A Drexel University professor who said his "white genocide" tweet was meant to be satirical is facing public backlash and was admonished by his employer.
George Ciccariello-Maher, an associate professor at the university's department of politics, posted on his Twitter account, which has been set to private, a message that reads: "All I Want for Christmas is White Genocide," the Philadelphia Inquirer reported.
He followed it up with a second tweet Christmas Day that read: "To clarify, when the whites were massacred during the Haitian revolution, that was a good thing indeed," The Huffington Post reported.
The 1791 Haitian Revolution was one of the largest African slave uprisings in the Caribbean that led to the independence of the former French colony and helped end the slave trade in Europe, Slate noted.
"On Christmas Eve, I sent a satirical tweet about an imaginary concept, 'white genocide,'" Ciccariello-Maher told the Inquirer. "For those who haven't bothered to do their research, 'white genocide' is an idea invented by white supremacists and used to denounce everything from interracial relationships to multicultural policies (and most recently, against a tweet by State Farm Insurance). It is a figment of the racist imagination, it should be mocked, and I'm glad to have mocked it."
Many did not share his attempt at satire, with various websites and commenters on Twitter taking the professor to task for the post.
"Drexel University associate professor of political science George Ciccariello-Maher has a long history of espousing racist views towards white people on Twitter and has at times supported genocide," said Alex Pfeiffer, a writer with the Daily Caller.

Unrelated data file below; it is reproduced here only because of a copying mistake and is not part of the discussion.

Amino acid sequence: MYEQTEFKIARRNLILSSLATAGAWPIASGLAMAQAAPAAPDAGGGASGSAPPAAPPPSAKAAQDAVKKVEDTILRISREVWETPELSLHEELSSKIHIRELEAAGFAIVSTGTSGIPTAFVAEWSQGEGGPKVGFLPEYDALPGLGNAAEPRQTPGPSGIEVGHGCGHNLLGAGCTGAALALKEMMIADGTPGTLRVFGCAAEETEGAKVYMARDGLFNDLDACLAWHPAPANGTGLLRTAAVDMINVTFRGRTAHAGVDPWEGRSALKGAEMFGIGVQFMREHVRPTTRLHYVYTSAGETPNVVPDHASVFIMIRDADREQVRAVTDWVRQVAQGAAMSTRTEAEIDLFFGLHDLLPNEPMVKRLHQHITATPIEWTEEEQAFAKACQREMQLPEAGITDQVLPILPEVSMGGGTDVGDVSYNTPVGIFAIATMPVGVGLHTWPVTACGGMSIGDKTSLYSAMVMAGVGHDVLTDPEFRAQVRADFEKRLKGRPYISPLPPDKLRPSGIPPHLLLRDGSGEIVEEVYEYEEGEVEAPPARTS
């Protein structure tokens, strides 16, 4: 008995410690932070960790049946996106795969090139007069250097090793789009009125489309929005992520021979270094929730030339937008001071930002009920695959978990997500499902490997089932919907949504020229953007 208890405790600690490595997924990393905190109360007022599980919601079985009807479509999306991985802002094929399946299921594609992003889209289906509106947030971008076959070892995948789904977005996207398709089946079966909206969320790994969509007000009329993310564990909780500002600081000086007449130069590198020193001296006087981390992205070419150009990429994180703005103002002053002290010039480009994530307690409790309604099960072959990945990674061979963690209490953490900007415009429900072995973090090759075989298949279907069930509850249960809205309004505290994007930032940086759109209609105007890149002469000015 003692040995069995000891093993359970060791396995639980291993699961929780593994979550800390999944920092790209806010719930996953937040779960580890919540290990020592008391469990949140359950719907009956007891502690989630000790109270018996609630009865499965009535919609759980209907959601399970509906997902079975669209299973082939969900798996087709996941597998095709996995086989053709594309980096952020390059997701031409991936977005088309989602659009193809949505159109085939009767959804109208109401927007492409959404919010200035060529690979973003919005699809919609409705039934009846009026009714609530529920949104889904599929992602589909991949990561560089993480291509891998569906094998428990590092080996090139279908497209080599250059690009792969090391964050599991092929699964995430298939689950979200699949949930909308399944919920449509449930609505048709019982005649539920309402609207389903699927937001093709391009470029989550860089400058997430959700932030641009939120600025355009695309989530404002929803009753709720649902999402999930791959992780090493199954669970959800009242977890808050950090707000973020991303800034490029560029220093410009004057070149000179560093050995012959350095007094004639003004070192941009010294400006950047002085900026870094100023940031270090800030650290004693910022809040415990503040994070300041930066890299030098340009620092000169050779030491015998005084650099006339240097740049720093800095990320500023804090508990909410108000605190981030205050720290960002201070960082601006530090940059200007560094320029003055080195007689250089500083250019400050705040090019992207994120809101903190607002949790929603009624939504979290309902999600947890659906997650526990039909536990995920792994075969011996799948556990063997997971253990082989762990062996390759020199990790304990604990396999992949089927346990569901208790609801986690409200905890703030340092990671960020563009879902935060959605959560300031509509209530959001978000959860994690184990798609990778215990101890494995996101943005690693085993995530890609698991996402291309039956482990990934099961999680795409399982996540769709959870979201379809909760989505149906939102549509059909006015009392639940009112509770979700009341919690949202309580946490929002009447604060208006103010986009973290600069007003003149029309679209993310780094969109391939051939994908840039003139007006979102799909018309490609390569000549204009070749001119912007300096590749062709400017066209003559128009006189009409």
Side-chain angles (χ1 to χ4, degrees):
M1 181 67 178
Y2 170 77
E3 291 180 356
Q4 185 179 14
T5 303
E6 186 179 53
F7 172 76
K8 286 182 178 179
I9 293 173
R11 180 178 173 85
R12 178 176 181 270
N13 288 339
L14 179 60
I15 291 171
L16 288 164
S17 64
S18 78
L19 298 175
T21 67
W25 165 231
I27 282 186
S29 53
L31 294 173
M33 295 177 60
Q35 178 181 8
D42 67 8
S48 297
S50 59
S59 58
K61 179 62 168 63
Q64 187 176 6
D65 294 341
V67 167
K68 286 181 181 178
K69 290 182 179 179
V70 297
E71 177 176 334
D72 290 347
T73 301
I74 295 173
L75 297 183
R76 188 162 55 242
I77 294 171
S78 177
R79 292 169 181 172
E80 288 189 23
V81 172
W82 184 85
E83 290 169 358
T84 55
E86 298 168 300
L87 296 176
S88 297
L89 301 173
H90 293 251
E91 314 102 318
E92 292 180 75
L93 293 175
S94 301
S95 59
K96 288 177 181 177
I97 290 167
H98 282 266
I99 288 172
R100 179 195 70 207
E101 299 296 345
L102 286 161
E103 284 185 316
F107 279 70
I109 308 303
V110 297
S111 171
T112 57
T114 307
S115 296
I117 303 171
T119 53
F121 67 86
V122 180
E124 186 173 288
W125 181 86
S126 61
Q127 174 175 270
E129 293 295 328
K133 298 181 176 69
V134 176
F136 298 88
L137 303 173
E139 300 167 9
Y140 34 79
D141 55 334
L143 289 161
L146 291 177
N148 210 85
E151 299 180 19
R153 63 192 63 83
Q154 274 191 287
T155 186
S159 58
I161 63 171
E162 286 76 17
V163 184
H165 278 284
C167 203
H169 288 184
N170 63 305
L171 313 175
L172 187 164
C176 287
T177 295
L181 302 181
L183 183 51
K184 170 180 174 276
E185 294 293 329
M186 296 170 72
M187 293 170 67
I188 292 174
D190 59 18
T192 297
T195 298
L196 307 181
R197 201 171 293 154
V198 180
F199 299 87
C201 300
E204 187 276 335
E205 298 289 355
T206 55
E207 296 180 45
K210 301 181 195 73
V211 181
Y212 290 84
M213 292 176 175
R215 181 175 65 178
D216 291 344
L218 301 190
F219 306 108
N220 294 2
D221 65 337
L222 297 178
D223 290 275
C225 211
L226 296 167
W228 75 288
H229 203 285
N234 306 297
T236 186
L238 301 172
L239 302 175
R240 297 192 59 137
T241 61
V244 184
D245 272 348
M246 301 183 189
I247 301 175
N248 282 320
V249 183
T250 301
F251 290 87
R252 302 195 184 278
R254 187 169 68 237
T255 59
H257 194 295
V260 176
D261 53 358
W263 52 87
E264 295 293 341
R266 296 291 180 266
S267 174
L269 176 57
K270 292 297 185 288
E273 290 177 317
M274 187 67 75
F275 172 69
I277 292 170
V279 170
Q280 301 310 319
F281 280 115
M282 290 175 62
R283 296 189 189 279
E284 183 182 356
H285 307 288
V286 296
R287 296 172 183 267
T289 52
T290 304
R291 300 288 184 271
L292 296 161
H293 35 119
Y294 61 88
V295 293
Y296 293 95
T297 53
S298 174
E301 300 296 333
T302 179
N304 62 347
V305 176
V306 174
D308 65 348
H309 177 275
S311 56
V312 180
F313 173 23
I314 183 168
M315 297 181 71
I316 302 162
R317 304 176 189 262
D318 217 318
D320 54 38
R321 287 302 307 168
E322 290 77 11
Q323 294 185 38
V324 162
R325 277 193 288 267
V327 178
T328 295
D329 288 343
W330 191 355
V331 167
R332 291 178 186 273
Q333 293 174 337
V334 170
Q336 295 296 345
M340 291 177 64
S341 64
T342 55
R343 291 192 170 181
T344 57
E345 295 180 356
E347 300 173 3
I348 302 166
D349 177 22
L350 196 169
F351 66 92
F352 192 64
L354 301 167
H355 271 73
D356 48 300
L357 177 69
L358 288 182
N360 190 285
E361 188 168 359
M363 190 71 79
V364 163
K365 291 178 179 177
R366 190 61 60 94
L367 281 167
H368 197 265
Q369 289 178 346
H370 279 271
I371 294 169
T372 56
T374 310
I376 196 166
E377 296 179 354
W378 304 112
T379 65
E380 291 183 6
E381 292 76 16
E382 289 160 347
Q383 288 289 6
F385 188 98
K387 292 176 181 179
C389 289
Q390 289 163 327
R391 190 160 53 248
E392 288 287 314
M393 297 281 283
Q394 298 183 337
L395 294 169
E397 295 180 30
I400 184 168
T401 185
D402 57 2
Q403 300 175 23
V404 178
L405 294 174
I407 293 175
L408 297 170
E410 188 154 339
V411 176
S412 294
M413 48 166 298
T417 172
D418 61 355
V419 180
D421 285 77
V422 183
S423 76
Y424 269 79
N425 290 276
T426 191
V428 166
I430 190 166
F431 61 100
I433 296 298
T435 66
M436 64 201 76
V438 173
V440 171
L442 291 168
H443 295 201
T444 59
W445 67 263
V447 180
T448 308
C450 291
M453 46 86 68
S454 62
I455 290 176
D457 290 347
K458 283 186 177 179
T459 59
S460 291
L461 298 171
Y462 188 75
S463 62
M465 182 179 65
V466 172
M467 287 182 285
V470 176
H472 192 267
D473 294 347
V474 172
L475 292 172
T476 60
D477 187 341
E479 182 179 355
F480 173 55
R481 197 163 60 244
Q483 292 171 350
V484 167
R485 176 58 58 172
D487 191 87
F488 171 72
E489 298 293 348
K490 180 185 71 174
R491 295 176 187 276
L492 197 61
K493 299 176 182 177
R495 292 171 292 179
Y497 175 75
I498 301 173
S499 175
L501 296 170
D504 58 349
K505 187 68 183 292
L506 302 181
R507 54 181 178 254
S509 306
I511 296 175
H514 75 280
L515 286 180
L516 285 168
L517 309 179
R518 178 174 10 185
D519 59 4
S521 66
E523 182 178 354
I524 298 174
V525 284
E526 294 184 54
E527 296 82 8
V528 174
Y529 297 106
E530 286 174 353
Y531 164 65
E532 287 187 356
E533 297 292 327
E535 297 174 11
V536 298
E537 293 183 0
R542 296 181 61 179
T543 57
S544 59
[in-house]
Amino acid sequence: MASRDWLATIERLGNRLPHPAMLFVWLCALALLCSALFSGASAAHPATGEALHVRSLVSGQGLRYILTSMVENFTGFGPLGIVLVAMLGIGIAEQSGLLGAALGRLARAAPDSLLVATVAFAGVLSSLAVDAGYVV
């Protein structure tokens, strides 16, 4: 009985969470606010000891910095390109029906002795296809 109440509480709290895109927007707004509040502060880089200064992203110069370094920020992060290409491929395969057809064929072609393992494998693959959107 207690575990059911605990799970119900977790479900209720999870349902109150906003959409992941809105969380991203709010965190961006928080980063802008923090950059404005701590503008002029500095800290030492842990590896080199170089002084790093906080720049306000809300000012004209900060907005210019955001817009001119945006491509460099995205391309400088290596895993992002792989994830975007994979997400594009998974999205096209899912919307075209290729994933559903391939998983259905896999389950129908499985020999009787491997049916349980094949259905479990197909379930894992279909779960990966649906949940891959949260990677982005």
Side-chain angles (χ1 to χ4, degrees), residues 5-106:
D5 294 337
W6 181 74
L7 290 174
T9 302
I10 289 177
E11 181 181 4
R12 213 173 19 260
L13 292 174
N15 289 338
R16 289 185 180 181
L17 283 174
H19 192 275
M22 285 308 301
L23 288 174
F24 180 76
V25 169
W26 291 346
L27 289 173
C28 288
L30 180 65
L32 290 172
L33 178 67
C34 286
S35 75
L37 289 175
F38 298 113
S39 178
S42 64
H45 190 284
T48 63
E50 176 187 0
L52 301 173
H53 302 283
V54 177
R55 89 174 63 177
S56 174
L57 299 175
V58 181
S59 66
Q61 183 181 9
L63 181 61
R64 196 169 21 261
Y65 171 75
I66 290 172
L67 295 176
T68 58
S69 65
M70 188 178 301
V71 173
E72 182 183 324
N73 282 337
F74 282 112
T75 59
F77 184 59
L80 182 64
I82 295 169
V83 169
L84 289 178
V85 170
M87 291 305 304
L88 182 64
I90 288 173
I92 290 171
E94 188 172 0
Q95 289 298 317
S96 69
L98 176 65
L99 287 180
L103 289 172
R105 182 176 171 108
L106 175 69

Breitbart writer Warner Todd Huston said, "The professor's Twitter feed is filled with hateful, obnoxious messages, anti-Americanism, slams of President Donald Trump, attacks on Jews, as well as pro-Black Lives Matter and pro-communist sloganeering. He also tweeted a picture of a 'Make America Great Again' hat set on fire."
Drexel University said in a statement that it has contacted Ciccariello-Maher for a meeting to "discuss this matter in detail" slamming the professor's online comments as "inflammatory."
"While the university recognizes the right of its faculty to freely express their thoughts and opinions in public debate, Professor Ciccariello-Maher's comments are utterly reprehensible, deeply disturbing, and do not in any way reflect the values of the university," Drexel said in its statement.
According to the Philadelphia Inquirer, Ciccariello-Maher pushed back, saying the university lacked "understanding either the content or the context of the tweets."
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